Resources for Reporters
firstname.lastname@example.org | (o) 763-807-2550 or (c) 612-850-6897
Jeanne Massey, executive director
What is Ranked Choice Voting?
Ranked Choice Voting (sometimes referred to as Instant Runoff Voting) is a method of voting in which voters rank candidates on the ballot in order of preference – first, second, third, and so on. Voters can cast their vote for the candidate they truly prefer knowing that if he or she doesn’t garner enough votes to move on to the next round, their ballot will count toward their second choice. This simple voting method gives voters more choice by eliminating the spoiler dynamic and leveling the playing field for all candidates. Read our FAQ section.
Who Uses Ranked Choice Voting?
Here in Minnesota, RCV is used in Minneapolis and St. Paul, and it will be used for the first time in St. Louis Park in 2019. It’s also used in San Francisco and Oakland, CA, Takoma Park, MD, and in 2018, Maine used RCV in its partisan primary election for the first time. It’s also used in Australia, Ireland, Scotland, and London. Additionally, many states – including Alabama, Arkansas, Louisiana, Mississippi, and South Carolina for military and overseas voters.
FairVote (national) maintains a complete list of U.S. municipalities.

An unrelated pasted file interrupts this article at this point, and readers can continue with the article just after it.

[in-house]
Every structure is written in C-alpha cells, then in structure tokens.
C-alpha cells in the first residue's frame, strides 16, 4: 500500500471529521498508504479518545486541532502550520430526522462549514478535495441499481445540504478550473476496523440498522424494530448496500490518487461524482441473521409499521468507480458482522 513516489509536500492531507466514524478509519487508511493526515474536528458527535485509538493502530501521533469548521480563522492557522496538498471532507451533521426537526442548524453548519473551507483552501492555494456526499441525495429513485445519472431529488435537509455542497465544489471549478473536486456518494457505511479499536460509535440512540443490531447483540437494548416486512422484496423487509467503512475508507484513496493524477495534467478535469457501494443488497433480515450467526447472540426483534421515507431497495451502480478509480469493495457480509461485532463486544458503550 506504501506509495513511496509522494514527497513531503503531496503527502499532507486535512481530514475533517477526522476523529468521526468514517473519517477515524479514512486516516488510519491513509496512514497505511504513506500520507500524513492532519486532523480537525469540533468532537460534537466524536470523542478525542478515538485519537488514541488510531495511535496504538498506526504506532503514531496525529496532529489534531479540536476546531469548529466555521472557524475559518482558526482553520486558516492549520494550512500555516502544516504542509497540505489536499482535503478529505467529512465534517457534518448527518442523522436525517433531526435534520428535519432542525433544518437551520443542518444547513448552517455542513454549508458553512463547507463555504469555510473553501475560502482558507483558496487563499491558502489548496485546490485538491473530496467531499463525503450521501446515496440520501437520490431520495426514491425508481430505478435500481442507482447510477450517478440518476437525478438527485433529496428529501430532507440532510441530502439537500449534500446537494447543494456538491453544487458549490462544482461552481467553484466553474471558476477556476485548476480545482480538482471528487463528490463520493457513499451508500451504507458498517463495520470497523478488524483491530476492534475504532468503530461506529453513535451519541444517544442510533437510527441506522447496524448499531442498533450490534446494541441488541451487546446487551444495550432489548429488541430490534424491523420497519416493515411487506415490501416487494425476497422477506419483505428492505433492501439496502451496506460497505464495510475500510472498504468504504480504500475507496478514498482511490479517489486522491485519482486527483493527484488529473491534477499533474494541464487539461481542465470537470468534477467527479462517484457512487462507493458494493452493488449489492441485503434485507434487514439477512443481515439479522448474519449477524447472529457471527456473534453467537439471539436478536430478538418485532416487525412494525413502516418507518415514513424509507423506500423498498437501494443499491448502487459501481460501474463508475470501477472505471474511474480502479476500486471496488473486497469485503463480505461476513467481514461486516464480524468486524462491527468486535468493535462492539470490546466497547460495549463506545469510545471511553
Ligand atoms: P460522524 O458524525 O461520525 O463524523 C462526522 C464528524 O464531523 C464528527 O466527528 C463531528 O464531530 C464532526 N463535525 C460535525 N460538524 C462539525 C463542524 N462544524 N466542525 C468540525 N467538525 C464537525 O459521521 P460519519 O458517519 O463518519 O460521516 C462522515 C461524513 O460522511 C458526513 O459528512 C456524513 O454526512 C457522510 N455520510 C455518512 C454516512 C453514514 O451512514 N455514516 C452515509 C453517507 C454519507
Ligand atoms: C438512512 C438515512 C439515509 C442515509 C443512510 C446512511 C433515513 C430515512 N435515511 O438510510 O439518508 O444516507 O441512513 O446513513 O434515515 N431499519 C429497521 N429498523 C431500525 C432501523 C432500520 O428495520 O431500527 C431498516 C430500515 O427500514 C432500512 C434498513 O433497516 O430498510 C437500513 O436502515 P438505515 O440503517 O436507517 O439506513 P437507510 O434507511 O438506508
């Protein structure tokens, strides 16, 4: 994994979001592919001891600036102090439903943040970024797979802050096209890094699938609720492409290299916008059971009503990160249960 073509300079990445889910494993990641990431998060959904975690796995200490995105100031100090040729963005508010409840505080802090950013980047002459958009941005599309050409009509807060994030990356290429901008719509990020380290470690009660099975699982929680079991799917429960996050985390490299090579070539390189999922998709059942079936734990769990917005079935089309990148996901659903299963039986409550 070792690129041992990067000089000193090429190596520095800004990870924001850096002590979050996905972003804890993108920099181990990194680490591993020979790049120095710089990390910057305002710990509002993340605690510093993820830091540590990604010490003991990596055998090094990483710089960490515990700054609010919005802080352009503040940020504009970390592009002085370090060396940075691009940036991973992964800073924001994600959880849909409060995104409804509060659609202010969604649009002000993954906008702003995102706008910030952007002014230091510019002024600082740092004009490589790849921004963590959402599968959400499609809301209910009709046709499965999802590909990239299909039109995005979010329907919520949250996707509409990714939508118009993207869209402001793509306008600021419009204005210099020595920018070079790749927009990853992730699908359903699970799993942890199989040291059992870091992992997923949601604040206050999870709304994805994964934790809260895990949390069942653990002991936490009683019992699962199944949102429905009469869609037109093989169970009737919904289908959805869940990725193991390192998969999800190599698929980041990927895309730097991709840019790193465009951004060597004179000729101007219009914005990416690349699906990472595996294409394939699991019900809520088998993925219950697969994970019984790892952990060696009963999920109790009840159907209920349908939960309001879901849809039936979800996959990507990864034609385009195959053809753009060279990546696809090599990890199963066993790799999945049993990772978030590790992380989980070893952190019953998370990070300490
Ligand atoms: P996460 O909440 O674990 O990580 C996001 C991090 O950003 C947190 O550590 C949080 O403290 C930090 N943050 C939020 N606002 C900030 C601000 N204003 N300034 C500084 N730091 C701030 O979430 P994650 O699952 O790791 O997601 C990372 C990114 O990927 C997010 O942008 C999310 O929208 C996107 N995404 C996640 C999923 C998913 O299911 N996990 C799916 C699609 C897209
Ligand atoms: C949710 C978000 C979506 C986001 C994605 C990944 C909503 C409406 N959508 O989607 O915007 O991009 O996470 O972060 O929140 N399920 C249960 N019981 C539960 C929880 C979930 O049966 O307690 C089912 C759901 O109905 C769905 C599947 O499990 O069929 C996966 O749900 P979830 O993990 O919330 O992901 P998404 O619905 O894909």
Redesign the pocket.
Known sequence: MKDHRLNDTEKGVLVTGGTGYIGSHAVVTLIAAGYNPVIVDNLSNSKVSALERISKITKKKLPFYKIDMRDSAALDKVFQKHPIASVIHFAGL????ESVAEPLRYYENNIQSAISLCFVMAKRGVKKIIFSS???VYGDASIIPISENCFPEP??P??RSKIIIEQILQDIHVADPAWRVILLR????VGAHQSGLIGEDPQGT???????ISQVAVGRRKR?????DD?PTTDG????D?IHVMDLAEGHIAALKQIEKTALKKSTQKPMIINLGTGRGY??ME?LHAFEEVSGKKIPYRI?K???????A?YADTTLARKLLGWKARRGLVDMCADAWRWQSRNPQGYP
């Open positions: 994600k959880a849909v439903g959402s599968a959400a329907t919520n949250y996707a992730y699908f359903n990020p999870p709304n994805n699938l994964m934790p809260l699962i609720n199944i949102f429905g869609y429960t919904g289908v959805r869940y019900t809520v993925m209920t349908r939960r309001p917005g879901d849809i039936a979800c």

RCV Initiatives in Minnesota
We support two common-sense pieces of legislation that would expand the use of RCV in Minnesota.
First, we are advocating for the Local Options bill, which would give any municipality in Minnesota (school districts, townships, cities) the option to use RCV for their local elections. Currently only charter, or “home-rule” cities, may make a change to their election system without getting approval from the Legislature.
The Local Options bill would also provide statutory elections guidelines for RCV elections, ensuring that municipalities use consistent rules and processes for conducting their RCV elections. Elections officials, candidates, and voters all have the right to be governed by consistent, easily discoverable, transparent voting rules, regardless of the race in question, the method of voting, the location of the polling station, or the identity of the citizen casting the vote.
Second, we advocate the adoption of Ranked Choice Voting for use in statewide elections of state and federal offices. Minnesota has a history of third-party candidates and electing governors with low pluralities--as low as 37% in 1998. RCV would ensure candidates for state and federal offices are elected by a majority of voters, and voters are not hampered by fears of “wasted” votes. RCV eliminates the spoiler effect in races with three or more candidates.
Maine voters approved the use of RCV in 2016 and used RCV for their statewide party primaries in June 2018, with great success.
Experts You Can Consult
Jeanne Massey, FairVote Minnesota executive director. email@example.com, 612-850-6897
Kyle Bailey, Committee for Ranked Choice Voting (Maine)